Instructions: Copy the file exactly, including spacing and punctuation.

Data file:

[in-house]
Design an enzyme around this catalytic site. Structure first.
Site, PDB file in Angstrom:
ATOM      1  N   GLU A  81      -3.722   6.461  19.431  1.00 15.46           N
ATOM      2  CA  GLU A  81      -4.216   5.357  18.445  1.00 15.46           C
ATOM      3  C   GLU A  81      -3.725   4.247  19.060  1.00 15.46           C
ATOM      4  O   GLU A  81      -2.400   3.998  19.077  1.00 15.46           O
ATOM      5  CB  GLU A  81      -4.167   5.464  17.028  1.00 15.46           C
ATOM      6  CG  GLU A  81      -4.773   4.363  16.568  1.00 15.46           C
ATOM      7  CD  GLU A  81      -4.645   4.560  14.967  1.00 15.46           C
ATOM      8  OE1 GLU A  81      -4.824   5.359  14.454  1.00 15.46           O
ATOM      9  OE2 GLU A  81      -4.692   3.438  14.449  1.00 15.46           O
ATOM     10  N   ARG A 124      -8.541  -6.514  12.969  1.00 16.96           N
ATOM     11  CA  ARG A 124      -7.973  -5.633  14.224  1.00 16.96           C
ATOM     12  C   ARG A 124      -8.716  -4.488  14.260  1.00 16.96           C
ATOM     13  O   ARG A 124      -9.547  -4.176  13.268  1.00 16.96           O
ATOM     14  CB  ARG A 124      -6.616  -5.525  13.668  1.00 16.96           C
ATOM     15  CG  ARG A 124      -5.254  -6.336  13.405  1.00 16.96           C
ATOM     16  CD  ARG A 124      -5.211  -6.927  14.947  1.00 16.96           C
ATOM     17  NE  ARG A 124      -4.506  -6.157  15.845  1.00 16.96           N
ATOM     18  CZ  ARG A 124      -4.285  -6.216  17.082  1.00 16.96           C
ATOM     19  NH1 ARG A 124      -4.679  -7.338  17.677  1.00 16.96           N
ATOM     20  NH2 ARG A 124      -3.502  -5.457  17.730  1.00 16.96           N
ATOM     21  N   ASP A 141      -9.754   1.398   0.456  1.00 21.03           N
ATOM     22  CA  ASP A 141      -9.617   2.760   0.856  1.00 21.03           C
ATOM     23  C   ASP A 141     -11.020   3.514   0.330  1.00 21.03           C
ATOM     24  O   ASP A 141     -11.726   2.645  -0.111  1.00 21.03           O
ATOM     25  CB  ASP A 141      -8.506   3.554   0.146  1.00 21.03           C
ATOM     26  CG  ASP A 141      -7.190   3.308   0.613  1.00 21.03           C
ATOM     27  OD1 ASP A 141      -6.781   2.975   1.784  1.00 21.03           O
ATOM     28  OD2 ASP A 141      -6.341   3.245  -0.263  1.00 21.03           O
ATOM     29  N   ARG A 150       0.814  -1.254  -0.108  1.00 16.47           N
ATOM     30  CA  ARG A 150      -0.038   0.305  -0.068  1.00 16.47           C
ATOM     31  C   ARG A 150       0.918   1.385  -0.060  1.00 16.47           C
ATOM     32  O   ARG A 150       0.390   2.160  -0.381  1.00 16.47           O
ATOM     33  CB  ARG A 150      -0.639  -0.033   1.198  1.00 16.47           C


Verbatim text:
[in-house]
Design an enzyme around this catalytic site. Structure first.
Site, PDB file in Angstrom:
ATOM      1  N   GLU A  81      -3.722   6.461  19.431  1.00 15.46           N
ATOM      2  CA  GLU A  81      -4.216   5.357  18.445  1.00 15.46           C
ATOM      3  C   GLU A  81      -3.725   4.247  19.060  1.00 15.46           C
ATOM      4  O   GLU A  81      -2.400   3.998  19.077  1.00 15.46           O
ATOM      5  CB  GLU A  81      -4.167   5.464  17.028  1.00 15.46           C
ATOM      6  CG  GLU A  81      -4.773   4.363  16.568  1.00 15.46           C
ATOM      7  CD  GLU A  81      -4.645   4.560  14.967  1.00 15.46           C
ATOM      8  OE1 GLU A  81      -4.824   5.359  14.454  1.00 15.46           O
ATOM      9  OE2 GLU A  81      -4.692   3.438  14.449  1.00 15.46           O
ATOM     10  N   ARG A 124      -8.541  -6.514  12.969  1.00 16.96           N
ATOM     11  CA  ARG A 124      -7.973  -5.633  14.224  1.00 16.96           C
ATOM     12  C   ARG A 124      -8.716  -4.488  14.260  1.00 16.96           C
ATOM     13  O   ARG A 124      -9.547  -4.176  13.268  1.00 16.96           O
ATOM     14  CB  ARG A 124      -6.616  -5.525  13.668  1.00 16.96           C
ATOM     15  CG  ARG A 124      -5.254  -6.336  13.405  1.00 16.96           C
ATOM     16  CD  ARG A 124      -5.211  -6.927  14.947  1.00 16.96           C
ATOM     17  NE  ARG A 124      -4.506  -6.157  15.845  1.00 16.96           N
ATOM     18  CZ  ARG A 124      -4.285  -6.216  17.082  1.00 16.96           C
ATOM     19  NH1 ARG A 124      -4.679  -7.338  17.677  1.00 16.96           N
ATOM     20  NH2 ARG A 124      -3.502  -5.457  17.730  1.00 16.96           N
ATOM     21  N   ASP A 141      -9.754   1.398   0.456  1.00 21.03           N
ATOM     22  CA  ASP A 141      -9.617   2.760   0.856  1.00 21.03           C
ATOM     23  C   ASP A 141     -11.020   3.514   0.330  1.00 21.03           C
ATOM     24  O   ASP A 141     -11.726   2.645  -0.111  1.00 21.03           O
ATOM     25  CB  ASP A 141      -8.506   3.554   0.146  1.00 21.03           C
ATOM     26  CG  ASP A 141      -7.190   3.308   0.613  1.00 21.03           C
ATOM     27  OD1 ASP A 141      -6.781   2.975   1.784  1.00 21.03           O
ATOM     28  OD2 ASP A 141      -6.341   3.245  -0.263  1.00 21.03           O
ATOM     29  N   ARG A 150       0.814  -1.254  -0.108  1.00 16.47           N
ATOM     30  CA  ARG A 150      -0.038   0.305  -0.068  1.00 16.47           C
ATOM     31  C   ARG A 150       0.918   1.385  -0.060  1.00 16.47           C
ATOM     32  O   ARG A 150       0.390   2.160  -0.381  1.00 16.47           O
ATOM     33  CB  ARG A 150      -0.639  -0.033   1.198  1.00 16.47           C